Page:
Welcome to the inaugural edition of the Armchair Scouting Report. In this weekly segment I will take 150 years of scouting practices, traditions, and baseline certifications and throw them out the window. In their place I bring you the rare talent of watching baseball games in my underwear with a glazed donut in each hand (jelly donuts are gross).
Fear not, for I shall not lead you astray. Even though I have not played baseball at the professional level, been employed by any professional baseball team, or breathed the same air as a pro ballplayer without the words “protective order” immediately following the event, I do have 20+ years of experience dissecting player performance from the comfort of my living room. For all of the fans out there who believe that they can scout better than the pros, this column is for you.
Stroman is an unconventional ace. At only 5’8” tall he is easily the shortest pitcher in the major leagues, but you wouldn’t be able to tell from his pitches alone. In Sunday’s opener against the Rays, Stroman’s fastball regularly was clocked at 93mph, and occasionally touched 94. It is what we scouting types like to call a heavy fastball, in that it has late downward action which induces ground ball contact. Of the 24 outs that Stroman recorded, 15 were from ground balls.
The young righty has phenomenal fastball command. He pounded the lower half of the strike zone from the beginning of the game. Though he didn’t get a feel for his changeup and slider until the middle innings, that fastball command allowed him to get outs without his secondary stuff. He hung a handful of breaking pitches that a better hitting team might have taken advantage of, but from the 4th inning on there wouldn’t have been a lineup in baseball that would have been able to break his rhythm (his own team excluded).
Stroman was efficient with his pitches; working into the ninth before he was pulled from the game. His final line score of 8IP, 3ER was misleading as the final run scored after he was replaced. Stroman’s strikeout numbers were slightly depressed but his reliance on the fastball and pounding of the strike zone can account for that. All in all it was a start that should vanquish any doubts that he will be affected by the ACL injury which hampered him in 2015. If he can continue to keep the ball down and develop his secondary pitches then I can see Ace potential for him.
Buxton’s first three at-bats of 2016 ended in three slow walks back to the dugout. After a spring training where the rookie piled up the K’s, this first sample was not encouraging. Last year the highly touted prospect struggled to put the ball in play and frequently looked overmatched. The disclaimer here is that three plate appearances is as small of a sample size as you can get, but from what I saw Buxton is still having trouble recognizing breaking pitches away, which is causing him to guess and then get gassed by fastballs up and in.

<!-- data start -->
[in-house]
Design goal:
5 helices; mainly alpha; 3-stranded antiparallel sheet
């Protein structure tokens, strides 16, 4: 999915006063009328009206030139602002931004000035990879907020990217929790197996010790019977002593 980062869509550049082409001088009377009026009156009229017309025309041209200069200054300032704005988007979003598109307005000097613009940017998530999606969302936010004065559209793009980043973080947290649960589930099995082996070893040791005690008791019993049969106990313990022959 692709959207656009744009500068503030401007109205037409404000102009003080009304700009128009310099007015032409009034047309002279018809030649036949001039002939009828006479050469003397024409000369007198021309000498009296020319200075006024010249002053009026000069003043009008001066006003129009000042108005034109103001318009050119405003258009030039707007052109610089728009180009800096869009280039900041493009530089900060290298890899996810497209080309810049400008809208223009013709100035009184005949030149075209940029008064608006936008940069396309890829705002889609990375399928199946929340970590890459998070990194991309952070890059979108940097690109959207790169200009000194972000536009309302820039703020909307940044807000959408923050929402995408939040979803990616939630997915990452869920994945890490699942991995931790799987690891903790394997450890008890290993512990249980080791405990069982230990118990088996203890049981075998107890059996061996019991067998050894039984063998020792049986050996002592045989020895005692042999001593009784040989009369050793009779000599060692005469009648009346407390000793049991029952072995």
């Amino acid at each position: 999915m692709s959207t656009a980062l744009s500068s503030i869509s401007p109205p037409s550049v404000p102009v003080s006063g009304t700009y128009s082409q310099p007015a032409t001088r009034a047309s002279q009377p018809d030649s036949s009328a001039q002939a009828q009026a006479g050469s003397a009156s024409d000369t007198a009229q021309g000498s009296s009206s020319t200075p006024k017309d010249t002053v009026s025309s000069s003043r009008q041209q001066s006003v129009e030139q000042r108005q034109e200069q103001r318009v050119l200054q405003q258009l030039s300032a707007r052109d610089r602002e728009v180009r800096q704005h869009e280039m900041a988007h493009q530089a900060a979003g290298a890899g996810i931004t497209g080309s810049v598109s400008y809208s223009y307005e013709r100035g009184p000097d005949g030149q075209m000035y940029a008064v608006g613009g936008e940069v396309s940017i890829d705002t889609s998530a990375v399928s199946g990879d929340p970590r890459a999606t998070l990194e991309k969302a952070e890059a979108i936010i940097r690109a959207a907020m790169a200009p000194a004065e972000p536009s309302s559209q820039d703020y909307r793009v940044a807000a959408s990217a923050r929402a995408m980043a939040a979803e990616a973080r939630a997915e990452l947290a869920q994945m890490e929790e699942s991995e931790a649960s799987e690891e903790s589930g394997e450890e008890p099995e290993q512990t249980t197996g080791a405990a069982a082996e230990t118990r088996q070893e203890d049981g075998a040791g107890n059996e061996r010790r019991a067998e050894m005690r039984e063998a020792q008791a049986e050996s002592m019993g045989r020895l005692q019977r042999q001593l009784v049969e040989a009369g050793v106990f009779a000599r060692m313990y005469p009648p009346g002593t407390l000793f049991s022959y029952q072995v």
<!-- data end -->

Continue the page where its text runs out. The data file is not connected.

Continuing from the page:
Buxton’s defense remains his strongest suit, and it will play in the big leagues now. His speed and range in center will fit perfectly at spacious Target Field. If Buxton could hit .250 then he could easily steal 40 bases; his speed and base stealing talent is that good. However right now the strike zone familiarity and ability to recognize pitches out of the pitcher’s hand is not where it needs to be. I did see a handful of check swings that may have been flails in 2015, but incremental progress is not what Twins fans were hoping for when Buxton was handed the starting job.
The disclaimer here is that it was opening day and jitters may have played a role in his performance. That being said, Buxton wasn’t facing Ace caliber talent. His three strikeouts came against Tyler Wilson, Mychal Givens, and Mychal Givens again. The young rookie is hitting in the 9 spot in the order, so there is clearly no pressure for him to carry the team now, however if the strikeouts continue to pile up over the next few weeks we may see him sent back to the minors before the end of April for more seasoning. Watch for better plate discipline and any sign that Buxton can put the ball in play and make solid contact over the next few days.
Last Minute Musings:
David Wright looks awful. With his body ailing, it’s hard to know how much longer he can be serviceable both in the field and in the batter’s box.
Roberto Osuna is not going to surrender the closer job to Drew Storen.
Big Papi is going to hit 30 home runs again this season. You can take that to the bank.
Corey Dickerson is proving that his power does play outside of Coors Field.
If you would like to hear more unsubstantiated claims from Ian Shaw, be sure to listen to the Waiver Trolls Fantasy Baseball podcast by clicking on the podcast tab or by downloading and subscribing on Itunes and Google Play.
Featured Image: THE CANADIAN PRESS/Nathan Denette